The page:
‘Yesterday’ strictly for Beatles superfans
Rated: PG-13 for suggestive content and language
Story by: Jack Barth and Richard Curtis, screenplay by Richard Curtis
Directed by: Danny Boyle
Starring: Himesh Patel, Lily James, Sophia Di Martino, Harry Michell, Joel Fry, Kate Mckinnon, Ed Sheeran and more
Grade: Two stars
“Yesterday” wants you to love The Beatles.
I don’t mean “love” as in “I enjoy eating this hamburger.” I mean love as in “this hamburger is the greatest thing of all time; This hamburger changed my life; This hamburger makes me want to use hyperbolic metaphors.”
That depth of love is the entire theme and purpose of “Yesterday,” — the latest from director Danny Boyle — but that’s about all it gets right. A paper-thin fairy tale that collapses completely by the end, the movie exists mostly to let audiences spend two hours listening to well-done covers of some of The Beatles’ biggest hits. The cast is the only other bright spot in the movie, particularly Himesh Patel in the lead role.
The movie opens with Jack (Patel) as a struggling musician, playing to almost non-existent audiences. His only fan is his manager, Ellie (Lily James), and eventually he gets so discouraged he decides to stop performing completely. That changes when a worldwide blackout causes everyone but Jack to forget The Beatles existed. In an attempt to reach the success that’s eluded him, Jack decides to claim their songs as his own.
The music in “Yesterday” is great, giving some well-known Beatles songs a slightly new spin. They’re fun and can get you singing along under your breath to old favorites. Personally, I think the movie actually improves “The Long and Winding Road,” stripping the instrumental down to a single piano and letting the lyrics shine. Even if you’ve never liked that particular song before, it’s easy to fall in love with it.
for beatles lovers
Still, the sheer adulation the movie pours out onto The Beatles can be a little off-putting. The movie asks you to not just enjoy their music, but to feel like the world would be a sad and empty place without their songs. It wants you to feel this so strongly that you don’t mind hearing this message repeated in different ways for two solid hours. Worse, the movie doesn’t take the time to explain why life would suck without The Beatles. You’re just supposed to believe them.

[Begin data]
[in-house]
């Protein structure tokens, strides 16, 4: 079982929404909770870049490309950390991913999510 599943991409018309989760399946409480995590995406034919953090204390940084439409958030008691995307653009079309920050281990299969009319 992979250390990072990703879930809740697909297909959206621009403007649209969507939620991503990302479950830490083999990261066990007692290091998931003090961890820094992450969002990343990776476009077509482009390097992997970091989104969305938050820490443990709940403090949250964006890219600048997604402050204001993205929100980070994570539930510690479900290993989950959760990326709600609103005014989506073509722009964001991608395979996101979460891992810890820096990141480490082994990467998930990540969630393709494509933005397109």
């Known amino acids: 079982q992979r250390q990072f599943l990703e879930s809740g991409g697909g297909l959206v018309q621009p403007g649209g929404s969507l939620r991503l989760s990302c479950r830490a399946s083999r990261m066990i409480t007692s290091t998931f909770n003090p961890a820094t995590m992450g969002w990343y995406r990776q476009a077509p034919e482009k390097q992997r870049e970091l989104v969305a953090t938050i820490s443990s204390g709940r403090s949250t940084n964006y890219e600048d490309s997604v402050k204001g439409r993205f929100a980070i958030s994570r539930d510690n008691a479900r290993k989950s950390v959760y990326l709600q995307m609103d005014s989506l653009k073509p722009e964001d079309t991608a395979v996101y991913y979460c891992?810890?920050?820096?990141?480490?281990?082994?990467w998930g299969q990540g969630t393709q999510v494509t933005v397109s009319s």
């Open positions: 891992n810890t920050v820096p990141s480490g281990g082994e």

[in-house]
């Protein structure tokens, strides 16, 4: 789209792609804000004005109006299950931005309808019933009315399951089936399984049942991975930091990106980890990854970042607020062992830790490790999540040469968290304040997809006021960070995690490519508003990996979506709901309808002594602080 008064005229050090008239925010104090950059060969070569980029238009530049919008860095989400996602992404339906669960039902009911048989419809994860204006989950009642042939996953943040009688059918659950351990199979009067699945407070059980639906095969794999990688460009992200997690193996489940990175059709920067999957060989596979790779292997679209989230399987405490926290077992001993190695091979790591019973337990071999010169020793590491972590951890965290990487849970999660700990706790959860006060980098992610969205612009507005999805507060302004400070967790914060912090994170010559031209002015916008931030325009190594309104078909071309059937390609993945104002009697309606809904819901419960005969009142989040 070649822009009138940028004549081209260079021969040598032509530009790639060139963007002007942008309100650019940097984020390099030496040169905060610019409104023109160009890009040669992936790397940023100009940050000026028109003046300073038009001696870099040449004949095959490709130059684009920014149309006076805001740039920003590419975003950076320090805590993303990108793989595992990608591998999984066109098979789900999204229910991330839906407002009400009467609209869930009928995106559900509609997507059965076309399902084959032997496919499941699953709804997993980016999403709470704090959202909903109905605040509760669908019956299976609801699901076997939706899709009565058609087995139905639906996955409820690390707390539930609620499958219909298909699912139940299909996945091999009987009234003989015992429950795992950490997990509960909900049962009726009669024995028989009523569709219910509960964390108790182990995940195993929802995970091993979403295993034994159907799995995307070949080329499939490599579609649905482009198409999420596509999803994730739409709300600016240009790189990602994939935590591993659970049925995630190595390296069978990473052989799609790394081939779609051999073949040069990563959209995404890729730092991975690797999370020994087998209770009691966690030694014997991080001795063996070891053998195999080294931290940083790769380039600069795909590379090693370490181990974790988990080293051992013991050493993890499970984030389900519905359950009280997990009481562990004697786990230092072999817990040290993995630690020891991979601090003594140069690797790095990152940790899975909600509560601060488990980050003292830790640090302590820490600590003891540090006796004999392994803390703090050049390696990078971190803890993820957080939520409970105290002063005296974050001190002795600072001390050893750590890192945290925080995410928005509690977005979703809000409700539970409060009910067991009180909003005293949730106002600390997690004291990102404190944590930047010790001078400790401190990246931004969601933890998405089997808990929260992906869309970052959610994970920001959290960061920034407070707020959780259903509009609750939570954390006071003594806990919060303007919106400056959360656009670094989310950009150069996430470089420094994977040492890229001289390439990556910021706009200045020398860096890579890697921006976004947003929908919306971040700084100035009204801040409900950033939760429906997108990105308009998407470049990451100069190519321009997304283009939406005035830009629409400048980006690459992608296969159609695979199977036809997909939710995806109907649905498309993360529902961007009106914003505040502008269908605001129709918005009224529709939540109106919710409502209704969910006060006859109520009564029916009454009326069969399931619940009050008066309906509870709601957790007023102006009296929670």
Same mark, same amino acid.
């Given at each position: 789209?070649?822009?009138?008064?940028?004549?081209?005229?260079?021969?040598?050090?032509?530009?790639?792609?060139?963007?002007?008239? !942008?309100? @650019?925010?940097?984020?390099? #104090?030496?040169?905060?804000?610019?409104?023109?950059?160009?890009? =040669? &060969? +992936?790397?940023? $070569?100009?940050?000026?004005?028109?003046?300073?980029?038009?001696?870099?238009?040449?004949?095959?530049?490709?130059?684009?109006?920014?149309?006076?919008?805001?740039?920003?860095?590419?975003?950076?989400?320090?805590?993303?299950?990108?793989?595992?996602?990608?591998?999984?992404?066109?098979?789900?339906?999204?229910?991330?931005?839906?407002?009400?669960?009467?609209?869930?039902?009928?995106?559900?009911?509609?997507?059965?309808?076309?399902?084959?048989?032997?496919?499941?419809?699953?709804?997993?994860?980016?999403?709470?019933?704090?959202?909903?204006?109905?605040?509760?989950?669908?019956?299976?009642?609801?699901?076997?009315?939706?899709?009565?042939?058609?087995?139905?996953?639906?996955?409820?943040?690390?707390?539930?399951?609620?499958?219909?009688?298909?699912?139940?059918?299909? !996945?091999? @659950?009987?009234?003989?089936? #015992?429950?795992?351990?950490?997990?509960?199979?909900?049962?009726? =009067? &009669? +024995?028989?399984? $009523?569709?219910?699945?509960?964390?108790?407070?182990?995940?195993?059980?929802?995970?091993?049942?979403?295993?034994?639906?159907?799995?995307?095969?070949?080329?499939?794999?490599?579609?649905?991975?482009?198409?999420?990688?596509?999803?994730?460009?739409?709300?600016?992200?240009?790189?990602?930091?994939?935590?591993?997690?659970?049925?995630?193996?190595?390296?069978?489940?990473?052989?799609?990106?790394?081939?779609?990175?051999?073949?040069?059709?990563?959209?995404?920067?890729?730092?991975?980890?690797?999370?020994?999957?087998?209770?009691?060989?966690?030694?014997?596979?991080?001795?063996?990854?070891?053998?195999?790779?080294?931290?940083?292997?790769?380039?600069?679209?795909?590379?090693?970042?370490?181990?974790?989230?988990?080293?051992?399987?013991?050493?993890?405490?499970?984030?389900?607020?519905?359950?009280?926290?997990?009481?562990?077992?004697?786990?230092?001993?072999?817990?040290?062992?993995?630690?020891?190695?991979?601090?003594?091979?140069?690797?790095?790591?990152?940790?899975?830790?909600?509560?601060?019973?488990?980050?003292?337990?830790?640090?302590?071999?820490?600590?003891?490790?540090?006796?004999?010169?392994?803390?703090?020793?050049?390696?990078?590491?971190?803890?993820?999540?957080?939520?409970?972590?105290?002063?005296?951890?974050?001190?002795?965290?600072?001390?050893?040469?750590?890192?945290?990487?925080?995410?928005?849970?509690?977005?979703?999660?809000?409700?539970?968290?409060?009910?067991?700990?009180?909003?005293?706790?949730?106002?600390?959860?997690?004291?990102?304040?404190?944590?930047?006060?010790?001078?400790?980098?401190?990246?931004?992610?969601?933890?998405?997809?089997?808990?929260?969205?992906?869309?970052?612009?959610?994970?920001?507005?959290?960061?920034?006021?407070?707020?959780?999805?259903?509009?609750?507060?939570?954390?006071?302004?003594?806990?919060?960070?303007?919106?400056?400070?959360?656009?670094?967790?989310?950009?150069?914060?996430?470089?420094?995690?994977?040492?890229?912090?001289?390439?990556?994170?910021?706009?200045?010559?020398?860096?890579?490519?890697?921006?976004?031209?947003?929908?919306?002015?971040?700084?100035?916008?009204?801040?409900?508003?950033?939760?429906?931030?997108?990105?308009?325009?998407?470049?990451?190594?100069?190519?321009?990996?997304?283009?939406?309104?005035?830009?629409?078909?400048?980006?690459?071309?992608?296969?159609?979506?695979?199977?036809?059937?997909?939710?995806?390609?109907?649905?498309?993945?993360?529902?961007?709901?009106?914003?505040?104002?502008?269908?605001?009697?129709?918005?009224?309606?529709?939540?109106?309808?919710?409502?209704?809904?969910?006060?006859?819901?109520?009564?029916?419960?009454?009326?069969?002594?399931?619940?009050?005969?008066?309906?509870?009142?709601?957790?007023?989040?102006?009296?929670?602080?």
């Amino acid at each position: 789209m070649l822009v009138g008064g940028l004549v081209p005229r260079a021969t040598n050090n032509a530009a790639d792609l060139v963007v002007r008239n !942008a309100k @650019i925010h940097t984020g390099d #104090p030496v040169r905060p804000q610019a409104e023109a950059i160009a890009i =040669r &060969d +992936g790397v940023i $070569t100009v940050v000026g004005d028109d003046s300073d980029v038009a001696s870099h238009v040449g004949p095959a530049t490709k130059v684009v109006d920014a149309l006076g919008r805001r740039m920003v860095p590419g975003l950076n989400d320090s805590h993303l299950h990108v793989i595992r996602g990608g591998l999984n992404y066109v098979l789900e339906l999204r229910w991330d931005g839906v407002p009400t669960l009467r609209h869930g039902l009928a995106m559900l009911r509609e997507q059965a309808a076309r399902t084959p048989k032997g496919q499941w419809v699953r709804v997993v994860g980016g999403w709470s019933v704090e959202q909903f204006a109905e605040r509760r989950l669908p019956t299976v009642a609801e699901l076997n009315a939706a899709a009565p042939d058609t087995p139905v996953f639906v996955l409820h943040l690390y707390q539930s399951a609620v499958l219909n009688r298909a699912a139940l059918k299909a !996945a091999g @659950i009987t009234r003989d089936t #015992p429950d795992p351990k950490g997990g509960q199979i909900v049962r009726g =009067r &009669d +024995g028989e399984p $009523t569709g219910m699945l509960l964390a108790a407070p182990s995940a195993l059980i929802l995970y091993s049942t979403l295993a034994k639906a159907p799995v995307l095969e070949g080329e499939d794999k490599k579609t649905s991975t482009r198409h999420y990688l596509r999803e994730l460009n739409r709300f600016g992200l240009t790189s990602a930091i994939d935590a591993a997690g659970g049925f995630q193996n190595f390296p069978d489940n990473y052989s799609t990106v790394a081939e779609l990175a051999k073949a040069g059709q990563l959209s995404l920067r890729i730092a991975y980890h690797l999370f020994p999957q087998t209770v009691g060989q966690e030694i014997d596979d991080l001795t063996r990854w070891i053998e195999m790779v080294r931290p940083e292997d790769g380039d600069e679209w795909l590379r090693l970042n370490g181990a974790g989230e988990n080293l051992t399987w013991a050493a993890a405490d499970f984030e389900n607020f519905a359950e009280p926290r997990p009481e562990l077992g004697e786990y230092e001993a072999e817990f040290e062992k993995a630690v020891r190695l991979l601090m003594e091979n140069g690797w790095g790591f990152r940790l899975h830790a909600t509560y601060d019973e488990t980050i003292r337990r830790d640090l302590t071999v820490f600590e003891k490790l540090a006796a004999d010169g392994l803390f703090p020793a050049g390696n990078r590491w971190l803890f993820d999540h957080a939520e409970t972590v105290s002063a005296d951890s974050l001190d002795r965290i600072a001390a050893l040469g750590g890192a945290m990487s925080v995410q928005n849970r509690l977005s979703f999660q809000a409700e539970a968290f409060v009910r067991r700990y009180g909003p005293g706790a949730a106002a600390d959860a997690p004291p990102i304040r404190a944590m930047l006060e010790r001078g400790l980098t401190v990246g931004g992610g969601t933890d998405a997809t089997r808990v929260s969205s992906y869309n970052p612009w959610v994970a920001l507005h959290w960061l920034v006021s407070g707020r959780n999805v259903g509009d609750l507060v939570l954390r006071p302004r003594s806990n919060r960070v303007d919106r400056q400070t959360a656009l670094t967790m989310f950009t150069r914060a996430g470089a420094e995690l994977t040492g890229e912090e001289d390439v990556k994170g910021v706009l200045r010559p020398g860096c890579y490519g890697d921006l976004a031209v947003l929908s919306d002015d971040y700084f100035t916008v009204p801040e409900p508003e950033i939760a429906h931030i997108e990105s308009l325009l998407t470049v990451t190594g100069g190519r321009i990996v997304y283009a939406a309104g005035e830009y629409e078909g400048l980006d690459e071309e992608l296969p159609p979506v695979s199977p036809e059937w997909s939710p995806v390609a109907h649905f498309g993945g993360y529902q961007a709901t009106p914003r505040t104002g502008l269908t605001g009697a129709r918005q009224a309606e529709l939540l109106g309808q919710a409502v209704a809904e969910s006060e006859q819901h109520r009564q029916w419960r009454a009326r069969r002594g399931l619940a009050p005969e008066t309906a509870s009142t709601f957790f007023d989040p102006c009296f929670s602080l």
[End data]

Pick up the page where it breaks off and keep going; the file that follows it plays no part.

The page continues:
Sadly, it’s really the only thing the movie has to say. The first half of the movie seems like it’s setting up a basic but heartfelt message about artistic integrity, one that’s been said before but seemed heartfelt. Then it looked like it was going to shade into a message about artistic success being less important than living a happy life, which was just as basic but entertaining enough. The movie ends up following through on neither of these ideas, choosing to collapse into a mishmash of an ending that offers neither satisfaction or even basic logic.
Patel does everything he can to make up for the lack of story development. Best known for his work on British television, Patel is absolutely charming, a likeable everyman with a fantastic sense of comic timing. Add the fact that he has a pretty good singing voice, and it’s an absolute crime that he hasn’t done more movie work. Hopefully, someone will see “Yesterday” and start solving that problem immediately. Lily James is as radiant as always, and Kate McKinnon is effortlessly entertaining in her short amount of screen time.
If only they’d come together in a much better movie.
Jenniffer Wardell is an award-winning movie critic and member of the Denver Film Critics Society. Find her on Twitter at @wardellwriter or drop her a line at firstname.lastname@example.org.
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